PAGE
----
Progressive Teachers Union of Zimbabwe President Takavafira Zhou told VOA that unions and other representative organizations meeting in Harare agreed their target is the state employer, not any single political party
Unions and other organizations representing Zimbabwe's striking civil servants met in Harare on Tuesday to evaluate the industrial action by public employees called on February 5 to back demands for salary increases.
Sources said the meeting also took up the issue of political partisanship that was threatening to derail the strike following charges that some organizations representing civil servants were aligning with political parties.
Civil servants are demanding an entry salary of US$630 a month, but the government says it cannot afford to effect such an increase.
Reached by VOA, the government’s chief representative in the talks, Youth Ministry Permanent Secretary Prince Mupazviriho, said that as a civil servant he could not discuss the current state of labor discussions.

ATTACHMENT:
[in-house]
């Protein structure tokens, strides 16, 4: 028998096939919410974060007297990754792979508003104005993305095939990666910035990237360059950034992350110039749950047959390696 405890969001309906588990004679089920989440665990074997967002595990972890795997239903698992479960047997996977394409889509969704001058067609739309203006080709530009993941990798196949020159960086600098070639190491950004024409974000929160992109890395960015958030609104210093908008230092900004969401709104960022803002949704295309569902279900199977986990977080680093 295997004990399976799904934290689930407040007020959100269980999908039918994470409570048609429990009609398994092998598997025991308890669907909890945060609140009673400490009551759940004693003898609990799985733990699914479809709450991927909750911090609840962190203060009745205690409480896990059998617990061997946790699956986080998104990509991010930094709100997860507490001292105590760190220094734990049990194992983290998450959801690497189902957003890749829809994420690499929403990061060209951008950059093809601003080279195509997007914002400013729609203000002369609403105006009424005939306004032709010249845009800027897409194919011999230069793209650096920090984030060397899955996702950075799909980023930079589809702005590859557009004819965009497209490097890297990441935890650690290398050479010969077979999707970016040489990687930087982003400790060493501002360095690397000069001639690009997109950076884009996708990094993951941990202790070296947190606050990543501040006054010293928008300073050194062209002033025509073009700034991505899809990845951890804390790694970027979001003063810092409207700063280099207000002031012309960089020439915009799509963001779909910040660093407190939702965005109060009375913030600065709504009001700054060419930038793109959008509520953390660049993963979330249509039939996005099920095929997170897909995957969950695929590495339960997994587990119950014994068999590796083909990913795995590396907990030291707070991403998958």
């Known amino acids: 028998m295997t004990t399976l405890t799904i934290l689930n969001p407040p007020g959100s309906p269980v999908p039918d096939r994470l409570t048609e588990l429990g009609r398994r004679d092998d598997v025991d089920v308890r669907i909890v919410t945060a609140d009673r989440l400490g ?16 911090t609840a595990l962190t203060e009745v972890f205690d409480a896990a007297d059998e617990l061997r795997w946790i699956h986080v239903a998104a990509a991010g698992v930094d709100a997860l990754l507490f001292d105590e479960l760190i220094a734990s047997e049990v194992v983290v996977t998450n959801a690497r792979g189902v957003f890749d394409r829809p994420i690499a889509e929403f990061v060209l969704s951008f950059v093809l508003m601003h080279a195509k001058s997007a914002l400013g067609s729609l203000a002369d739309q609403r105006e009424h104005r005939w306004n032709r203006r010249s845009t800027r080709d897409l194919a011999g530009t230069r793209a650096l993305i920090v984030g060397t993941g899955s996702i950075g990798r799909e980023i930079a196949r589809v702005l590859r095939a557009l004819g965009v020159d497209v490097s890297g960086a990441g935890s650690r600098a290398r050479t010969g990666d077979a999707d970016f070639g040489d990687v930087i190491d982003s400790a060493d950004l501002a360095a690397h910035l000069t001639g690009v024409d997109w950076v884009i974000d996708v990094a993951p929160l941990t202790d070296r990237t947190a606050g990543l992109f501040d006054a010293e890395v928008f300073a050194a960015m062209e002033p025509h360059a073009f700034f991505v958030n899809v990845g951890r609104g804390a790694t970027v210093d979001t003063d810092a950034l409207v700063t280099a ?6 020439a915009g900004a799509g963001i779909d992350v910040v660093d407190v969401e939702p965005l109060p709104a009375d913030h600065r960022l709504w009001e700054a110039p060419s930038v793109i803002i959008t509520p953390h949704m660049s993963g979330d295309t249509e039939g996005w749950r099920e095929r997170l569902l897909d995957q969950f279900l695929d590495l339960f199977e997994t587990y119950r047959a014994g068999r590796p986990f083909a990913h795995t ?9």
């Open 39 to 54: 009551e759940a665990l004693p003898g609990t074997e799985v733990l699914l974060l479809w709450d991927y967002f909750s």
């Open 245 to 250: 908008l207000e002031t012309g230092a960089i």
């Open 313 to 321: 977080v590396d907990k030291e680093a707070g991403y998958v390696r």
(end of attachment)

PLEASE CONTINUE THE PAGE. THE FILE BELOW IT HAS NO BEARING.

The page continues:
Progressive Teachers Union of Zimbabwe President Takavafira Zhou told VOA Studio 7 reporter Jonga Kandemiiri that participants in the meeting agreed that their target is the state employer, not any single political party.
VOA Studio 7 correspondent Arthur Chigoriwa reported from Chinhoyi, the capital of Mashonaland West province, that civil servants there have vowed to continue with their strike until the government agrees to give them living wages, but that some divisions within the movement have appeared.